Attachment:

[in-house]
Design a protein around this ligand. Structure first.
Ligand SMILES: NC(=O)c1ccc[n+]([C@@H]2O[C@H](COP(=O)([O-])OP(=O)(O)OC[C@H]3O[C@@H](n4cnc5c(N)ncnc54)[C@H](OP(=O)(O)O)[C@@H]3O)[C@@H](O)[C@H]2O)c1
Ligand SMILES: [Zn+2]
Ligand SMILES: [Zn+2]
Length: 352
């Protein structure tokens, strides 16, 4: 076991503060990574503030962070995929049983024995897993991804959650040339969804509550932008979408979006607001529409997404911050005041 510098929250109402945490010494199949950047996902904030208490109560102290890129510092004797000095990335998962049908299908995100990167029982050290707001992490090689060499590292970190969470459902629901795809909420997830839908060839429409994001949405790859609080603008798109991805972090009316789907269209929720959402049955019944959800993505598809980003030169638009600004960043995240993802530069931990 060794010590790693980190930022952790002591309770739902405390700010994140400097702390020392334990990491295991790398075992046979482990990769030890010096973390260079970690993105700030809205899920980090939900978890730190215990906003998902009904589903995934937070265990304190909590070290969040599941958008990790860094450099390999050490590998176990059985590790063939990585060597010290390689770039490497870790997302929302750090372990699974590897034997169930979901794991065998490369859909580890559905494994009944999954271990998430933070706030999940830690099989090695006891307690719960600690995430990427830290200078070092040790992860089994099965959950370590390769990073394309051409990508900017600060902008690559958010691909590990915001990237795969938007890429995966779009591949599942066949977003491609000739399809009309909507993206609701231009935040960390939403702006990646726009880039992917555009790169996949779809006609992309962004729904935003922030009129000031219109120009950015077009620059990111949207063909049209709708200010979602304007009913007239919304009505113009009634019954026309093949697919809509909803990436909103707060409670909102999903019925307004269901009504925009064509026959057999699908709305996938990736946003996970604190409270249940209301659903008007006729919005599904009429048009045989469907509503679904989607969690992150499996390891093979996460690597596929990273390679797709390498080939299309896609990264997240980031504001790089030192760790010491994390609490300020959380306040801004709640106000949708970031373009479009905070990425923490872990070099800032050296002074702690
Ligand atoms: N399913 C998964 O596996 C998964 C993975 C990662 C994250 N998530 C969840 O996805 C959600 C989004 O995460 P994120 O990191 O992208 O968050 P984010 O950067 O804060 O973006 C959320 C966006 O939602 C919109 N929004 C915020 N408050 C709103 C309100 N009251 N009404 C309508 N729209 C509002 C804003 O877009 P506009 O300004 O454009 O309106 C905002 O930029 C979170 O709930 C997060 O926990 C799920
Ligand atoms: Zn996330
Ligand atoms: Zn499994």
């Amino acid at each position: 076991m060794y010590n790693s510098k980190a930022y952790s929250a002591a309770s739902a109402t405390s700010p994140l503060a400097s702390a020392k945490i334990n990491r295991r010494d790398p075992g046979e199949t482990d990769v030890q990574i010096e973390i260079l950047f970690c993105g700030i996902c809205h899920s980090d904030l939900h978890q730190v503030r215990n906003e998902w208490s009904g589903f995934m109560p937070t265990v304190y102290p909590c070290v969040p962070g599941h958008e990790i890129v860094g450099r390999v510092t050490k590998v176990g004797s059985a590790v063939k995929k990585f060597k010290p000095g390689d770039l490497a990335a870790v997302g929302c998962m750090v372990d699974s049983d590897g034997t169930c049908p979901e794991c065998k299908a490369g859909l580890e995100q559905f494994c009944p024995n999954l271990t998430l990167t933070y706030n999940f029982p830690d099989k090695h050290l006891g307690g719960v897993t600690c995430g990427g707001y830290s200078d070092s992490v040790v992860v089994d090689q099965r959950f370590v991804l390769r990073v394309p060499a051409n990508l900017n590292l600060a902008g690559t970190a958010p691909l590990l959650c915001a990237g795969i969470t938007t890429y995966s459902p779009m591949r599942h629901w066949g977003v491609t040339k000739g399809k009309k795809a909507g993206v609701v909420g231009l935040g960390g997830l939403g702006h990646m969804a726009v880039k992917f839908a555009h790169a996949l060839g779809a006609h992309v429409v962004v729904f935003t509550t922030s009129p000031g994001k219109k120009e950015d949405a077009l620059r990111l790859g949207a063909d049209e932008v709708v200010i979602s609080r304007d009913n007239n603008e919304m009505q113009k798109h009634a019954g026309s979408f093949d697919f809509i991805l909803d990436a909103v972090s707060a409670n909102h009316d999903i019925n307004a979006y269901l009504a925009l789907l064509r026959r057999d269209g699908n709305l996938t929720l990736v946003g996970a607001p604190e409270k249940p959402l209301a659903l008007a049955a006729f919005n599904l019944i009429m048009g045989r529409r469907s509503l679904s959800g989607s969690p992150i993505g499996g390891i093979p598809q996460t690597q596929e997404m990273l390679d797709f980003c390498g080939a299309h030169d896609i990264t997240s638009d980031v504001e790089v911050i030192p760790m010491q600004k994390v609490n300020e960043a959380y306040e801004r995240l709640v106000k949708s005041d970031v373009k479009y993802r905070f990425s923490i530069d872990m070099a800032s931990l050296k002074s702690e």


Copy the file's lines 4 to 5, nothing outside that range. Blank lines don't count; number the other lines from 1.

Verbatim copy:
Ligand SMILES: [Zn+2]
Ligand SMILES: [Zn+2]